“I am not a public health authority, but I would say that it is scientifically reasonable for people who wish to have a high level of efficacy to receive a booster shot” between two and six months after the first shot of the vaccine. , They said.

At a meeting of the CDC advisory committee in September, some independent experts questioned whether Johnson & Johnson recipients were being forgotten while the federal government moved to authorize a third shot for Pfizer recipients.

“To me, the biggest policy question is Johnson & Johnson,” Dr. Helen Kiep Talbot, an internist and infectious disease specialist at Vanderbilt University, told the meeting last month. For some Pfizer recipients. “I worry that we are getting distracted by the question of Pfizer’s boosters when we have bigger and more important things to do in the pandemic.”

Dr. Nirav D. Shah, Maine’s top health official and president of the Association of State and Territorial Health Officials, said after the Johnson & Johnson vaccine became available this spring, many states directed it to rural areas. Because it requires only one injection And it was easy to transport.

“It is rural areas that are being particularly affected right now” by Delta Edition, Dr. Shah said. “So I think there’s a good reason to offer the booster to J&J recipients if the data backs it up.”

In San Francisco last month, health officials said Johnson & Johnson recipients would be allowed to receive a booster shot of the Moderna or Pfizer vaccine. “If people talk to their health care provider and say, ‘I really want to have an mRNA shot in addition to the Johnson & Johnson shot,’ we’ll adjust that,” said Dr. Grant Colfax, the city’s director of public health, told reporters.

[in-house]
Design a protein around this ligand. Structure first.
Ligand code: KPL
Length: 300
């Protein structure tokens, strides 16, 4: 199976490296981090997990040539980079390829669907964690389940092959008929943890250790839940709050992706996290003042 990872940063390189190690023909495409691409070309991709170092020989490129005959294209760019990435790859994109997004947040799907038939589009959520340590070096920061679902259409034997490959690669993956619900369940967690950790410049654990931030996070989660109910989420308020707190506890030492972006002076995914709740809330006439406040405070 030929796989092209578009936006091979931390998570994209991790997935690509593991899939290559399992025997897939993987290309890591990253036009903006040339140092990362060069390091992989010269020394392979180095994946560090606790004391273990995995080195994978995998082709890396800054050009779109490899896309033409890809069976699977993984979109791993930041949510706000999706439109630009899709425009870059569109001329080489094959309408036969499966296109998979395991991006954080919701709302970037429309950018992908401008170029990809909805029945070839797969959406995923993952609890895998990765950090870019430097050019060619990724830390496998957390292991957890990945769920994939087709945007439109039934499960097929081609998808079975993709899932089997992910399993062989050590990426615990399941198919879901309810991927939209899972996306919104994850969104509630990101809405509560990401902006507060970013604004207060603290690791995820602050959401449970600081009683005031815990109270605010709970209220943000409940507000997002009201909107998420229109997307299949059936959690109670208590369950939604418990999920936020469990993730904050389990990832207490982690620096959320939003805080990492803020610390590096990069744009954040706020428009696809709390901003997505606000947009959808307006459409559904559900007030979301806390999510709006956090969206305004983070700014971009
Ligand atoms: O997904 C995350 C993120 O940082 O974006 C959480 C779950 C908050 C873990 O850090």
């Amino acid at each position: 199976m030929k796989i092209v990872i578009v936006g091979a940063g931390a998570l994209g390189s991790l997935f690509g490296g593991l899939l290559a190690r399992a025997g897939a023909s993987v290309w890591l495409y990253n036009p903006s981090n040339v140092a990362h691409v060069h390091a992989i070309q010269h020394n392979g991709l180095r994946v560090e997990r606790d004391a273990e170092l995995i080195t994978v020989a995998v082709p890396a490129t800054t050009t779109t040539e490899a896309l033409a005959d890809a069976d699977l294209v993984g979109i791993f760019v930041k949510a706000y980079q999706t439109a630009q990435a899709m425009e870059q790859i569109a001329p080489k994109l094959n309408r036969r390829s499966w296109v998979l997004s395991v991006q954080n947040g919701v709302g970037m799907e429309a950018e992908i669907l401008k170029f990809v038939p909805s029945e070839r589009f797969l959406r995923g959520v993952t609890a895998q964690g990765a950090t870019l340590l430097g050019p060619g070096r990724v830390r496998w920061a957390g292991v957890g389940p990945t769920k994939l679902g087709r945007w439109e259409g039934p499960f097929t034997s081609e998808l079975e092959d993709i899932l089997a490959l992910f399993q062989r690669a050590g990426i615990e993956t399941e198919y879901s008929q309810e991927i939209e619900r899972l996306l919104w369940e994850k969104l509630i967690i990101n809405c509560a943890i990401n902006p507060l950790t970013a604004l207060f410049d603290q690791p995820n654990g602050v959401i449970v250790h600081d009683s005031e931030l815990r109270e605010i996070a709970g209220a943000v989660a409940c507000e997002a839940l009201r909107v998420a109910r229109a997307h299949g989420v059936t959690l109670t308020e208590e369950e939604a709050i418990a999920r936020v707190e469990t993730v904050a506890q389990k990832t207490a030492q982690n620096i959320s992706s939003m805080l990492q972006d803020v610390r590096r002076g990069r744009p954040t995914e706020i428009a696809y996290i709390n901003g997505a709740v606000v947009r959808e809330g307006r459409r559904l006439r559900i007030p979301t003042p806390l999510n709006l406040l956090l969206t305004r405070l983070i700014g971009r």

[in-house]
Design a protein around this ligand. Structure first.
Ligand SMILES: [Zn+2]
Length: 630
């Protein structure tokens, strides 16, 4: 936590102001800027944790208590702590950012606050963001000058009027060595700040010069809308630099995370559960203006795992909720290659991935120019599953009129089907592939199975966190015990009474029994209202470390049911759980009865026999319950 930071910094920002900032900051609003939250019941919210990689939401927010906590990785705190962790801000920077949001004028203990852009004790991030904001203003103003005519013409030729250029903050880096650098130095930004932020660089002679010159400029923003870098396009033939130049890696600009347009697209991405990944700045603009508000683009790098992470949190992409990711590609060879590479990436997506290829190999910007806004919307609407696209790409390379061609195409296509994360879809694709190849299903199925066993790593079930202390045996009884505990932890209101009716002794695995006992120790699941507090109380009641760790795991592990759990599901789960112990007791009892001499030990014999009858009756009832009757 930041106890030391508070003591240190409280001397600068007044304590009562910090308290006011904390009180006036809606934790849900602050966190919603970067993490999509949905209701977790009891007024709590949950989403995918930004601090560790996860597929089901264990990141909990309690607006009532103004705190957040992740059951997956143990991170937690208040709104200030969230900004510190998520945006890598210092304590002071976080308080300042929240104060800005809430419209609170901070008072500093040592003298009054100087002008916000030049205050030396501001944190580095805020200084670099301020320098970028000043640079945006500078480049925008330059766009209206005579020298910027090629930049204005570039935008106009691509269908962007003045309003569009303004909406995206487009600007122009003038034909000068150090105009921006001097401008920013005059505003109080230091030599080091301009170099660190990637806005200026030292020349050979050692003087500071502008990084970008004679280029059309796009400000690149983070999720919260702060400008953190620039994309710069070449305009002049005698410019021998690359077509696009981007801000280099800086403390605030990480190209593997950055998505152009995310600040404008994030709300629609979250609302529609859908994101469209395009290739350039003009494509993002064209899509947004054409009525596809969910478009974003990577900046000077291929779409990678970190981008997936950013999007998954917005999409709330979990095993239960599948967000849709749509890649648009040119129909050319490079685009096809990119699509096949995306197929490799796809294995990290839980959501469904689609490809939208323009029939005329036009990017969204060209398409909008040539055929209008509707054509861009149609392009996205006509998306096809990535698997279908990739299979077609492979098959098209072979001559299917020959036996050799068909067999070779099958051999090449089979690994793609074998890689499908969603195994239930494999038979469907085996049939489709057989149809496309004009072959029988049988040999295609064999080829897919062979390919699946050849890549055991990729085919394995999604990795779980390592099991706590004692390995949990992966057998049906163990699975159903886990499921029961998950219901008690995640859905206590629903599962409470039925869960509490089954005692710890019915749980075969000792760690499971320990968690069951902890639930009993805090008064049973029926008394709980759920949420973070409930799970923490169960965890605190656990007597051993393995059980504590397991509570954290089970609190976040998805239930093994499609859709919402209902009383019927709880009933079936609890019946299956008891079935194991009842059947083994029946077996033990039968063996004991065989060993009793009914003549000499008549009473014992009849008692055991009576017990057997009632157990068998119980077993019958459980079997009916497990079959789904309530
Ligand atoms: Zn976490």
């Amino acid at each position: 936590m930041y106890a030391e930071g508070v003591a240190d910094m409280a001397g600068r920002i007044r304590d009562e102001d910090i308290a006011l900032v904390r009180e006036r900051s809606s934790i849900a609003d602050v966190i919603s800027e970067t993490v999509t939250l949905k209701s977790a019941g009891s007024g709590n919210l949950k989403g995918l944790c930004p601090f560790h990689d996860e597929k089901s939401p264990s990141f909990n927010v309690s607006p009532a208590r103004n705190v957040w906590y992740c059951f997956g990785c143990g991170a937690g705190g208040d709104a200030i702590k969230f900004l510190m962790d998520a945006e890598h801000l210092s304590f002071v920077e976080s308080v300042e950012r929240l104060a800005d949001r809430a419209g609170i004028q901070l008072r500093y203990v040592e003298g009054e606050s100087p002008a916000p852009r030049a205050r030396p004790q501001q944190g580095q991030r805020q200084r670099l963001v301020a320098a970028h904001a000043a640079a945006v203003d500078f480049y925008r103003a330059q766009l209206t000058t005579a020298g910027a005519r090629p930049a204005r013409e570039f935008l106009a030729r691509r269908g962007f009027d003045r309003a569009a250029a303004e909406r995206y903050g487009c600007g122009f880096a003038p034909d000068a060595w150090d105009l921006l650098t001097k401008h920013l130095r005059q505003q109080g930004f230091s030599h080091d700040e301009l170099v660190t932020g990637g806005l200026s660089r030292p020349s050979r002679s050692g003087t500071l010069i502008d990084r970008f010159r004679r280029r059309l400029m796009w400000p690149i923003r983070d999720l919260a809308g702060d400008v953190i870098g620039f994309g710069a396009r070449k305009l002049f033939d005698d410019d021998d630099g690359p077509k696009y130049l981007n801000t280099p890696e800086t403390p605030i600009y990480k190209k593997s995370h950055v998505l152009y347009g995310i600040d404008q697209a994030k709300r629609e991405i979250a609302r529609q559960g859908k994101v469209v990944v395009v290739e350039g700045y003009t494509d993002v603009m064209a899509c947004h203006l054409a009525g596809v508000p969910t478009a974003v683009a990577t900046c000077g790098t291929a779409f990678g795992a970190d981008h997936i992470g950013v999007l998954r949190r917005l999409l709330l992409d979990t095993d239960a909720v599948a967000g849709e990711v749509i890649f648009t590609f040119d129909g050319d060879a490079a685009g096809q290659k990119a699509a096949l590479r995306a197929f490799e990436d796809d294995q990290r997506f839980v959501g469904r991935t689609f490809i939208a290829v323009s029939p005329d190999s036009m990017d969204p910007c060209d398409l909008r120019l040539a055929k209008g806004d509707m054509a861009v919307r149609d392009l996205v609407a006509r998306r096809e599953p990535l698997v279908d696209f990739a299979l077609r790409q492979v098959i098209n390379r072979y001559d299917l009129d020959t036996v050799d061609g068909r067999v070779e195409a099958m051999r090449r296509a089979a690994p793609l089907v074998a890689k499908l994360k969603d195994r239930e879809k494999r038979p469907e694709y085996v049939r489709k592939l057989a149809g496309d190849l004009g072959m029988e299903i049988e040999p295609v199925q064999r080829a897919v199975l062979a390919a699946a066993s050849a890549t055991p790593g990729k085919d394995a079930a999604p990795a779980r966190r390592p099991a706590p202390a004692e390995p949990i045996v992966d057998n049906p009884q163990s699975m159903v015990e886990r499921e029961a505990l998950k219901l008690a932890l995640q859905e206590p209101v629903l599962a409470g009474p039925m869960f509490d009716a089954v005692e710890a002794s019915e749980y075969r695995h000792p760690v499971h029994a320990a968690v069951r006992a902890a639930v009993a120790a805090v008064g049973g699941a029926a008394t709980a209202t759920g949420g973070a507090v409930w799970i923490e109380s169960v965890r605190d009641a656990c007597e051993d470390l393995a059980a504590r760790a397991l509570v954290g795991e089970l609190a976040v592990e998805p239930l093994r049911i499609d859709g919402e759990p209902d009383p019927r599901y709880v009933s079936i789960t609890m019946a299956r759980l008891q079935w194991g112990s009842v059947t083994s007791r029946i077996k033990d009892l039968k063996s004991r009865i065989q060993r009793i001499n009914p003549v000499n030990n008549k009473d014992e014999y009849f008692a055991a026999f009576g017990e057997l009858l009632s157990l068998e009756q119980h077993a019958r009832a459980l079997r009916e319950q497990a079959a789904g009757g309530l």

For federal regulators and the government’s panel of outside experts, key questions remain: How long after an initial Johnson & Johnson injection should a second shot be administered? And would it be better to boost Johnson & Johnson recipients with a shot of the vaccine from Moderna or Pfizer?

If the Food and Drug Administration authorizes a second shot six months after the initial injection, that would allow the company to market its vaccine as a one-shot regimen as well as a booster. Some data indicates that the second shot at six months produces a stronger immune response than the second shot at two months.

researchers found There was a nine- to twelve-fold increase in antibodies in clinical trial recipients who received the second shot after six months, compared with an almost four-fold increase for those who received the second dose after two months, Dr. Baruch said.

But there may be a trade-off: Some argue that Johnson & Johnson recipients would not be adequately protected during the additional months before the second shot, and that the two-dose regimen made more sense from the start. Came.

Timing is no trivial question: According to CDC data, more than two-thirds of Johnson & Johnson recipients were vaccinated at least four months ago. Many will not be eligible immediately if a booster shot is available only six months after the first injection.

The possibility of using a different vaccine as a booster presents another dilemma. A study by the National Institutes of Health suggests that Moderna’s vaccine works better as a booster than Johnson & Johnson’s second shot. But Dr. Barouch said the study only measured antibody levels — an indication of the strength of the immune system’s response — while Johnson & Johnson’s study of a second shot of its own vaccine looked at efficacy data.